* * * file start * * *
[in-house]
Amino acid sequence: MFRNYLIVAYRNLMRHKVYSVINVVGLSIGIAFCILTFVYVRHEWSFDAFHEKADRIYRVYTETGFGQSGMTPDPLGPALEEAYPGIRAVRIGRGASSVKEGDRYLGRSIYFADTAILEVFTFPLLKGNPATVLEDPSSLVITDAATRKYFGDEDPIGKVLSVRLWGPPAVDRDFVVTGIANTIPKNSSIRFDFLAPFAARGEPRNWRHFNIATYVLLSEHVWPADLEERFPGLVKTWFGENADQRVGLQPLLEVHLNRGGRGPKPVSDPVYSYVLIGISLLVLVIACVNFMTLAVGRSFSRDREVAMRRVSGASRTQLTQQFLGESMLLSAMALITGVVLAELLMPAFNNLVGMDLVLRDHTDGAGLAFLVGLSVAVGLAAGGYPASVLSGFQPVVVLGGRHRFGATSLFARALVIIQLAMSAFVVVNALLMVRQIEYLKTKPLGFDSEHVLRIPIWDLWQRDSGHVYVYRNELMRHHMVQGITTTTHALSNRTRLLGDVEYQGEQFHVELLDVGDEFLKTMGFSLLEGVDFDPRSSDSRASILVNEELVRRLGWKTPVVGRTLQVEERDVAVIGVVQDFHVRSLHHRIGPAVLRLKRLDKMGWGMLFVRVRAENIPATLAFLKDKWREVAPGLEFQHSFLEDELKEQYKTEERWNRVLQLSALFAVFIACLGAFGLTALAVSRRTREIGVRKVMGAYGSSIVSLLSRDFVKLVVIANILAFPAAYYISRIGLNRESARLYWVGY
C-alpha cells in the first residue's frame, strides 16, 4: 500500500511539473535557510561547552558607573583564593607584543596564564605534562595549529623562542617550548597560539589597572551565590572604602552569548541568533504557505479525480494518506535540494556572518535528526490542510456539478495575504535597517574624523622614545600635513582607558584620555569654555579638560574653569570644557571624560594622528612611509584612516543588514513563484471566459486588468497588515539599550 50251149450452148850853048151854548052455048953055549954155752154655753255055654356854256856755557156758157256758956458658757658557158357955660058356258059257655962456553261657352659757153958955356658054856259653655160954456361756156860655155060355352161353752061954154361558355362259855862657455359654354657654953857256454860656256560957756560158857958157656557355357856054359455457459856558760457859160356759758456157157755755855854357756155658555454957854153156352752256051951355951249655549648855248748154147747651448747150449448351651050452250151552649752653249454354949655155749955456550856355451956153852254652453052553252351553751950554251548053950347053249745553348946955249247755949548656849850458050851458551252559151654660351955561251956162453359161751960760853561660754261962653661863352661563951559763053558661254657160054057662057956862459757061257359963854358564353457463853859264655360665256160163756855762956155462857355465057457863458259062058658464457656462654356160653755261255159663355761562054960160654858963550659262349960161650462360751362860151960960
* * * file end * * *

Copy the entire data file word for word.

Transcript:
[in-house]
Amino acid sequence: MFRNYLIVAYRNLMRHKVYSVINVVGLSIGIAFCILTFVYVRHEWSFDAFHEKADRIYRVYTETGFGQSGMTPDPLGPALEEAYPGIRAVRIGRGASSVKEGDRYLGRSIYFADTAILEVFTFPLLKGNPATVLEDPSSLVITDAATRKYFGDEDPIGKVLSVRLWGPPAVDRDFVVTGIANTIPKNSSIRFDFLAPFAARGEPRNWRHFNIATYVLLSEHVWPADLEERFPGLVKTWFGENADQRVGLQPLLEVHLNRGGRGPKPVSDPVYSYVLIGISLLVLVIACVNFMTLAVGRSFSRDREVAMRRVSGASRTQLTQQFLGESMLLSAMALITGVVLAELLMPAFNNLVGMDLVLRDHTDGAGLAFLVGLSVAVGLAAGGYPASVLSGFQPVVVLGGRHRFGATSLFARALVIIQLAMSAFVVVNALLMVRQIEYLKTKPLGFDSEHVLRIPIWDLWQRDSGHVYVYRNELMRHHMVQGITTTTHALSNRTRLLGDVEYQGEQFHVELLDVGDEFLKTMGFSLLEGVDFDPRSSDSRASILVNEELVRRLGWKTPVVGRTLQVEERDVAVIGVVQDFHVRSLHHRIGPAVLRLKRLDKMGWGMLFVRVRAENIPATLAFLKDKWREVAPGLEFQHSFLEDELKEQYKTEERWNRVLQLSALFAVFIACLGAFGLTALAVSRRTREIGVRKVMGAYGSSIVSLLSRDFVKLVVIANILAFPAAYYISRIGLNRESARLYWVGY
C-alpha cells in the first residue's frame, strides 16, 4: 500500500511539473535557510561547552558607573583564593607584543596564564605534562595549529623562542617550548597560539589597572551565590572604602552569548541568533504557505479525480494518506535540494556572518535528526490542510456539478495575504535597517574624523622614545600635513582607558584620555569654555579638560574653569570644557571624560594622528612611509584612516543588514513563484471566459486588468497588515539599550 50251149450452148850853048151854548052455048953055549954155752154655753255055654356854256856755557156758157256758956458658757658557158357955660058356258059257655962456553261657352659757153958955356658054856259653655160954456361756156860655155060355352161353752061954154361558355362259855862657455359654354657654953857256454860656256560957756560158857958157656557355357856054359455457459856558760457859160356759758456157157755755855854357756155658555454957854153156352752256051951355951249655549648855248748154147747651448747150449448351651050452250151552649752653249454354949655155749955456550856355451956153852254652453052553252351553751950554251548053950347053249745553348946955249247755949548656849850458050851458551252559151654660351955561251956162453359161751960760853561660754261962653661863352661563951559763053558661254657160054057662057956862459757061257359963854358564353457463853859264655360665256160163756855762956155462857355465057457863458259062058658464457656462654356160653755261255159663355761562054960160654858963550659262349960161650462360751362860151960960